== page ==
, Kamehameha III sent one of his high chiefs to California to hire cowboys who could round up wild cattle and teach Hawaiians cattle and horse handling skills. Three Mexican-Spanish vaquero (cowboys) named Kossuth, Louzeida and Ramon began working on Hawai`i island, first breaking in horses to turn them into working animals, then rounding up and handling hordes of cattle.
Hawaii's cowboys became known as paniolo, a corruption of español, the language the vaquero spoke. The term still refers to cowboys working in the Islands and to the culture their lifestyle spawned.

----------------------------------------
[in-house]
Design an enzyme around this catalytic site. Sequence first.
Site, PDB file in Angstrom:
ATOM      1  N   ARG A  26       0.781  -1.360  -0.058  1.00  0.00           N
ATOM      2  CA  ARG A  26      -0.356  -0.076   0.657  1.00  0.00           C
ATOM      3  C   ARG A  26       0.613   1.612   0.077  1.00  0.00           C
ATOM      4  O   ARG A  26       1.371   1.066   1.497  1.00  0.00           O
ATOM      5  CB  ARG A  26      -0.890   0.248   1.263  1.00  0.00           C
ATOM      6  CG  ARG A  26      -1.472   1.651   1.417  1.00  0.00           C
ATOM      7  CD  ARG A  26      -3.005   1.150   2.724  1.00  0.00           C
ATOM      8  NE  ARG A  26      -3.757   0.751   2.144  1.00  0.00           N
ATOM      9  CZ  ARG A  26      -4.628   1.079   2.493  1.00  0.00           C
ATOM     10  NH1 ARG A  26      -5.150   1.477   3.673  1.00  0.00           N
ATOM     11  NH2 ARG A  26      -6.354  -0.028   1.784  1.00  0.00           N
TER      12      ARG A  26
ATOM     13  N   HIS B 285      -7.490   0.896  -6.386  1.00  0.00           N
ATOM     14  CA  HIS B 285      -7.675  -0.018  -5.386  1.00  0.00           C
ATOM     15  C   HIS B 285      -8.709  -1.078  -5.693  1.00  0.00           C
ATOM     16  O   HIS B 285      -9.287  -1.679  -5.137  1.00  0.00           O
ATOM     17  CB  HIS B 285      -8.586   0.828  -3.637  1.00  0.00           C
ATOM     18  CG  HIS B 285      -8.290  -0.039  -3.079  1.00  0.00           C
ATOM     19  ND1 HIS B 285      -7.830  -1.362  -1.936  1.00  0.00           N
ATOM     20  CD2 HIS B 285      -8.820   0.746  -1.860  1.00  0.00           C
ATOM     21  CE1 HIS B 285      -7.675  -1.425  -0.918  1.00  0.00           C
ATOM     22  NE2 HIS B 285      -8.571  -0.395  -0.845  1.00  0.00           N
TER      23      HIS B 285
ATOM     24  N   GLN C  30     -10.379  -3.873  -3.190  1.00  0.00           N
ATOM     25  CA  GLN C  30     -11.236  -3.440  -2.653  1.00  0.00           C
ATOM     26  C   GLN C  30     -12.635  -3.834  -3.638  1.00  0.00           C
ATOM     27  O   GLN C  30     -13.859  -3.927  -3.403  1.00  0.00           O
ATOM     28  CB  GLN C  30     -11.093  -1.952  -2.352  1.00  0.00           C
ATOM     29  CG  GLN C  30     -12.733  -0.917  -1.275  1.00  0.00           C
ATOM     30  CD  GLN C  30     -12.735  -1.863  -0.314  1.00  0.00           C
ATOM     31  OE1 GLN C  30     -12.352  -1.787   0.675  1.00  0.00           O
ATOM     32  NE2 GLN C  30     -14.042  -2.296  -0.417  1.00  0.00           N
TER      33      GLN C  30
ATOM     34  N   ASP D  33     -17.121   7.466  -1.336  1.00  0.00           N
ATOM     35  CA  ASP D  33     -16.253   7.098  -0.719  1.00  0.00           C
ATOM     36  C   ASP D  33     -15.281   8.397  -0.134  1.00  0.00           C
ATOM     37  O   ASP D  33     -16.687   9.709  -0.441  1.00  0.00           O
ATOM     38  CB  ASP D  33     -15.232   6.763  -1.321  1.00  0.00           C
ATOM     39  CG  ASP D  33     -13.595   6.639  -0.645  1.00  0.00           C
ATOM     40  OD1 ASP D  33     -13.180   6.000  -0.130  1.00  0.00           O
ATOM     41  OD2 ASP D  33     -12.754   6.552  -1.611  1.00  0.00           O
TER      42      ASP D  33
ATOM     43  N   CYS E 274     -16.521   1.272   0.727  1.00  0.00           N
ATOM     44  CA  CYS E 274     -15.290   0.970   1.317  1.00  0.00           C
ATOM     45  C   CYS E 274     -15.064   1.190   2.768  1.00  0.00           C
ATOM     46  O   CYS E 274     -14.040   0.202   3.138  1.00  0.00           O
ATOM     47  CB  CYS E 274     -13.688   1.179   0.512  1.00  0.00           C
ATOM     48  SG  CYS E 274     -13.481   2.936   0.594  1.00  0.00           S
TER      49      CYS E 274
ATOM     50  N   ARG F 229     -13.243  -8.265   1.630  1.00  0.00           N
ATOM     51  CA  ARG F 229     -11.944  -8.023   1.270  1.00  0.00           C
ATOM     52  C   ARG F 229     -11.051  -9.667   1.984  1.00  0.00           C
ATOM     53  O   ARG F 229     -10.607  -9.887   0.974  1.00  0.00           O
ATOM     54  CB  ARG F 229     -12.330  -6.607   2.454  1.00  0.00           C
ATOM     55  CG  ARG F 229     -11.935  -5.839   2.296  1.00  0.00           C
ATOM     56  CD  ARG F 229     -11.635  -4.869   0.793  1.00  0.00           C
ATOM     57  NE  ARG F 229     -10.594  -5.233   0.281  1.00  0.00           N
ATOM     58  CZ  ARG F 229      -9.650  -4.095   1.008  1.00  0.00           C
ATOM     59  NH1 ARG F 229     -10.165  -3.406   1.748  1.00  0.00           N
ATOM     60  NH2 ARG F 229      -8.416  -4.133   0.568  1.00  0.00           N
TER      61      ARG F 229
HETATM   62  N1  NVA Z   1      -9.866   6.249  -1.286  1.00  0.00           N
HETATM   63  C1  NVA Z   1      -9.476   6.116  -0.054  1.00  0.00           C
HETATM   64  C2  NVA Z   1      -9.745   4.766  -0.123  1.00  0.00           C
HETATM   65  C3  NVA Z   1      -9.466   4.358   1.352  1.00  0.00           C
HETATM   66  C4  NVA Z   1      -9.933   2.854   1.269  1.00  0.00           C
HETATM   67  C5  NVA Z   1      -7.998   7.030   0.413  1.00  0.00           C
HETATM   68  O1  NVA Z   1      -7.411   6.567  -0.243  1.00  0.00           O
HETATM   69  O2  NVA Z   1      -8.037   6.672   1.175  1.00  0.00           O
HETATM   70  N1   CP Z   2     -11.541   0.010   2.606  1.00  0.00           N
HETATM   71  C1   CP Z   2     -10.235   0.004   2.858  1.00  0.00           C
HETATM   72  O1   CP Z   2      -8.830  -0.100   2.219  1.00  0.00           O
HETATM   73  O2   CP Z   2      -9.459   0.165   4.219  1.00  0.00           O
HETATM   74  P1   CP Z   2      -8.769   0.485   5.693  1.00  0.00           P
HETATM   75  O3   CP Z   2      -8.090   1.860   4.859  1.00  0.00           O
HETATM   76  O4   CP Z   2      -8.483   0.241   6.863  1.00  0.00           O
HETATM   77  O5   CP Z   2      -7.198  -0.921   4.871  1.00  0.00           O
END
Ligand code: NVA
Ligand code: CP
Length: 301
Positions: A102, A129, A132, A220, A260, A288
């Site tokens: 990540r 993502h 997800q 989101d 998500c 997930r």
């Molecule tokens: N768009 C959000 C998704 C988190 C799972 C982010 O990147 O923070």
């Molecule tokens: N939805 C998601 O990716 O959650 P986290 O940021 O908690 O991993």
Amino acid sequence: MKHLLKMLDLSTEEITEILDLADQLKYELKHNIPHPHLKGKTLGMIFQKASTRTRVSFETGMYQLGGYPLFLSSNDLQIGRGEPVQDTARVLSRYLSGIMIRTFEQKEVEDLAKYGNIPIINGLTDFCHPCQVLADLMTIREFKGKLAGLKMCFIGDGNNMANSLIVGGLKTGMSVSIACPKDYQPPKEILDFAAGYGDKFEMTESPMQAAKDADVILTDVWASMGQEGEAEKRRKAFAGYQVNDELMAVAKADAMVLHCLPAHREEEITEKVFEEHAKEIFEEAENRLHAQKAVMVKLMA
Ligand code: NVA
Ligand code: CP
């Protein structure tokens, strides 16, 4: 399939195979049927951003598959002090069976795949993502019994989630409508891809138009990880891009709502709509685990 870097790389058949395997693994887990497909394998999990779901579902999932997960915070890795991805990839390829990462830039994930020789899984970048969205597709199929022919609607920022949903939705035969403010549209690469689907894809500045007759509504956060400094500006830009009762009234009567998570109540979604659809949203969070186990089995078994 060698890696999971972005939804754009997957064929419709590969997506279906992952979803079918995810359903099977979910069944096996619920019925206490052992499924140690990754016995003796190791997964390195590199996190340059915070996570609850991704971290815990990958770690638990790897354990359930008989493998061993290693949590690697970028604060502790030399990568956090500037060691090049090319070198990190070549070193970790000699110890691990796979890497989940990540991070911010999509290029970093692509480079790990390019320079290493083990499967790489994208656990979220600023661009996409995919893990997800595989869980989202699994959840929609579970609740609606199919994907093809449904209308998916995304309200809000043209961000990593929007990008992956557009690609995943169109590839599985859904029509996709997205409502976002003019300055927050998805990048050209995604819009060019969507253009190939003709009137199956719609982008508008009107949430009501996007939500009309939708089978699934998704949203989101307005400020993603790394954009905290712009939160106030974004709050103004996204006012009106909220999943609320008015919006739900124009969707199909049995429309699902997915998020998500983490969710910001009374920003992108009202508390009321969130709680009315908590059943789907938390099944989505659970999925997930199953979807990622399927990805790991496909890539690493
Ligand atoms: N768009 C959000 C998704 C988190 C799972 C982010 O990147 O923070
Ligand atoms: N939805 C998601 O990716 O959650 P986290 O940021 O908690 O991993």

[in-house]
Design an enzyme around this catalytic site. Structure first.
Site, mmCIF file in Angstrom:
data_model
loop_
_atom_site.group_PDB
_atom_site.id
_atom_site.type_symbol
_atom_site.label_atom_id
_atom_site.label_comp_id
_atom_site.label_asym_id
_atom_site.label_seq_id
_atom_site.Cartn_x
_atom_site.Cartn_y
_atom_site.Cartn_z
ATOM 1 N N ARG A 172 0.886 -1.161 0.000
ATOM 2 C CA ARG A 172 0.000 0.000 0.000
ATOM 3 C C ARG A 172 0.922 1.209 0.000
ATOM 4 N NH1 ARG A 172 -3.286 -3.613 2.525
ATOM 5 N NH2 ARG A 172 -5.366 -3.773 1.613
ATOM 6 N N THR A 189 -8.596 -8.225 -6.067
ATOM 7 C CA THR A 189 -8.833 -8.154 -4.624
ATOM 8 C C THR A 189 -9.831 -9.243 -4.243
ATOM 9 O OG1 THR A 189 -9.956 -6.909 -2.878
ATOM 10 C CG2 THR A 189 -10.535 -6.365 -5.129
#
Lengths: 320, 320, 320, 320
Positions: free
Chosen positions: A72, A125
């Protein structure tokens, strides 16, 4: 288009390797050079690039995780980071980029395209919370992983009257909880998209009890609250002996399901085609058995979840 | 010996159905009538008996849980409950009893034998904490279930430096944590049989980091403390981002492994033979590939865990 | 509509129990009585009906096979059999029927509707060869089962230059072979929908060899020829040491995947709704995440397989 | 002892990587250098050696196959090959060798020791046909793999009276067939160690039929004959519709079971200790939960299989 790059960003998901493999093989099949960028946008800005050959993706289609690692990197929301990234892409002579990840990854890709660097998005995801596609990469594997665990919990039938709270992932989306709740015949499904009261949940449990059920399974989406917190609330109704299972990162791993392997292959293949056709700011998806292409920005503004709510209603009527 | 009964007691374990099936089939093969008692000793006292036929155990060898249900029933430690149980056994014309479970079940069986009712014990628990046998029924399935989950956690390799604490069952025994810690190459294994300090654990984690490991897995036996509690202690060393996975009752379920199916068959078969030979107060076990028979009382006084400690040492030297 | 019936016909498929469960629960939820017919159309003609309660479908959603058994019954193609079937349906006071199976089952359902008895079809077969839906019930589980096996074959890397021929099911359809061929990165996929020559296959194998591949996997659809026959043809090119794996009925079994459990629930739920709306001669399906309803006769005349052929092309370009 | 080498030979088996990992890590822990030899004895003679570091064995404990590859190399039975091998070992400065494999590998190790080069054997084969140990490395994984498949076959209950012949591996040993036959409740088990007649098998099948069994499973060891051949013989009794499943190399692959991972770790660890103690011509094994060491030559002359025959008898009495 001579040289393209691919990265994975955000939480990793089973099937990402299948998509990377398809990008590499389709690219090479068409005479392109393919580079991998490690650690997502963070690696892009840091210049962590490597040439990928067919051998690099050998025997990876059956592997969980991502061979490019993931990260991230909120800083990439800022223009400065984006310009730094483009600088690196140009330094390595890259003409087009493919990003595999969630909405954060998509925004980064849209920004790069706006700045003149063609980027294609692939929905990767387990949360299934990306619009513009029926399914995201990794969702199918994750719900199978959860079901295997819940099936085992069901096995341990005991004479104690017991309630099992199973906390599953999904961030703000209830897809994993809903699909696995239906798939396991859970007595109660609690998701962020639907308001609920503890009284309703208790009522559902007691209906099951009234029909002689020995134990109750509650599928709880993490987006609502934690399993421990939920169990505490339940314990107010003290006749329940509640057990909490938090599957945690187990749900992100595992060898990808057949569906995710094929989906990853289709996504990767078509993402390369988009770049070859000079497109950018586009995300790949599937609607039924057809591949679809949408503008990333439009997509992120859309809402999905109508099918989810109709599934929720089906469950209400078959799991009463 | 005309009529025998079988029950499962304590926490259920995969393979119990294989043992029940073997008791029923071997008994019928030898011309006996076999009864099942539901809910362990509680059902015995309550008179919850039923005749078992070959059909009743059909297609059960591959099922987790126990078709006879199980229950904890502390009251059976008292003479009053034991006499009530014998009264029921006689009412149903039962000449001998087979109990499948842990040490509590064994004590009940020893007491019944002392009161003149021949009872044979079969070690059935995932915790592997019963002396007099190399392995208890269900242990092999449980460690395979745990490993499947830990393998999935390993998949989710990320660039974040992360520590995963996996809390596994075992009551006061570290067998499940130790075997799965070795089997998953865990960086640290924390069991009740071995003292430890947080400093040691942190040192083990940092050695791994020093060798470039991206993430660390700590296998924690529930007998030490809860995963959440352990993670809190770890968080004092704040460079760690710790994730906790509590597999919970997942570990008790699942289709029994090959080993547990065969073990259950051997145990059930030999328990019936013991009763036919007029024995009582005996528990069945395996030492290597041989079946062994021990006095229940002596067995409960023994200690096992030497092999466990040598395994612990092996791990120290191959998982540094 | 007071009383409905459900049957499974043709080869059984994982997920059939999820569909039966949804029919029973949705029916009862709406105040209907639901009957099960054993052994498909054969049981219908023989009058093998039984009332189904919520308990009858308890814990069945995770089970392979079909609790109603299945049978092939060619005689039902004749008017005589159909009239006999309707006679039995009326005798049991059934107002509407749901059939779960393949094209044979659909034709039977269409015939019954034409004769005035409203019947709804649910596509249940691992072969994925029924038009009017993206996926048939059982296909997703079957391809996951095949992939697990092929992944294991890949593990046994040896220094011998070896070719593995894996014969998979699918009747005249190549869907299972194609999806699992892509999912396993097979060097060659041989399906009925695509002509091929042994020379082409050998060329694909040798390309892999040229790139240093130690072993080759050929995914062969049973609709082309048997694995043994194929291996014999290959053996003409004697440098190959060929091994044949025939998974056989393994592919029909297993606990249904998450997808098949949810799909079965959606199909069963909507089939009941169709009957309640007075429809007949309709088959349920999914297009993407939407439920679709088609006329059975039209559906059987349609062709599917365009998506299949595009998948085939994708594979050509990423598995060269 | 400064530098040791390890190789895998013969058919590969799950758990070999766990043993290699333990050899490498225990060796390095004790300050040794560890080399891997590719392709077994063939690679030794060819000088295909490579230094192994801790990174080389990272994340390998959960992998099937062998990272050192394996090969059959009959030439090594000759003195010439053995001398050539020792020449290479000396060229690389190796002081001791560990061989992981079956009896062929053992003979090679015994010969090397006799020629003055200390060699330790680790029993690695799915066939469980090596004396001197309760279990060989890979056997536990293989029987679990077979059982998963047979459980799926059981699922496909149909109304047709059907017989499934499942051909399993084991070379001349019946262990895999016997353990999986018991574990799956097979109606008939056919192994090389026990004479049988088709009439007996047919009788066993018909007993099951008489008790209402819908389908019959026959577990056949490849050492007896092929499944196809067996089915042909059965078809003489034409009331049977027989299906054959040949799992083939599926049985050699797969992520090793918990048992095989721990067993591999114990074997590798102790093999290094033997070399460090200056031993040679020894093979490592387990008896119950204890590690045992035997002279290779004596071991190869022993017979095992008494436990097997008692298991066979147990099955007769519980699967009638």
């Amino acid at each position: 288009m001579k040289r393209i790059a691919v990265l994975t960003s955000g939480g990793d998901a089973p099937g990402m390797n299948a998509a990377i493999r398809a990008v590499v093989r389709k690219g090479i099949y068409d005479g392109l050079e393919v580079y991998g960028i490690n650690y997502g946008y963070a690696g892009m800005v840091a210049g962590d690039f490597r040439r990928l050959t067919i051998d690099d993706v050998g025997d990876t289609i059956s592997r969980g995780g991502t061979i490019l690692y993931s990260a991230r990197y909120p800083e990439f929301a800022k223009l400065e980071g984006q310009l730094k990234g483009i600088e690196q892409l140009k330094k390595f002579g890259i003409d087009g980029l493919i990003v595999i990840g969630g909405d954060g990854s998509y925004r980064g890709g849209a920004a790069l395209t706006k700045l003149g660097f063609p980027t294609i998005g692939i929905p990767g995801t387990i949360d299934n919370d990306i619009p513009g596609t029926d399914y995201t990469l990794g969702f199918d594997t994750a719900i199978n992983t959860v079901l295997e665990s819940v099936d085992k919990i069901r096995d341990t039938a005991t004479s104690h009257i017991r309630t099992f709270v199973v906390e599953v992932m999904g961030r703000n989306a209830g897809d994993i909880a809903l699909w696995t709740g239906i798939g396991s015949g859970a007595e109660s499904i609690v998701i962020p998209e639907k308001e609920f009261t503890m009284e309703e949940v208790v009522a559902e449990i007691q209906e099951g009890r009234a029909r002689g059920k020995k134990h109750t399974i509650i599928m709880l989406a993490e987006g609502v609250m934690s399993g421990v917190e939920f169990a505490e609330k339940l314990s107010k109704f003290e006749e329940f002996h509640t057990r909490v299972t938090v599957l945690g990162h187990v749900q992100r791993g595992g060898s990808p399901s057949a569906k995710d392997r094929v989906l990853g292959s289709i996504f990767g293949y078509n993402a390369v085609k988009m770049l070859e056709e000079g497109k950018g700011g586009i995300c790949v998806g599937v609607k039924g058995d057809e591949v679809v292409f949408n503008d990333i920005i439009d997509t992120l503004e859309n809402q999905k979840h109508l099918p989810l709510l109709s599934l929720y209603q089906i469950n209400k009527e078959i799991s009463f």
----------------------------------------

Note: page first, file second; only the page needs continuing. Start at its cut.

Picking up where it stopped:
Hawaiians proved themselves avid students, quickly picking up horsemanship, roping and other skills. Hawaiians became paniolo before the territories of the American West had cowboy or ranch traditions. Cowboys in the Pacific Northwest got their start in 1846
; in California and Texas it was 1848
. Because Hawaiians began their work with cattle and horses earlier, their paniolo traditions were strongly shaped by the Mexican vaquero heritage that stemmed originally from Spain.
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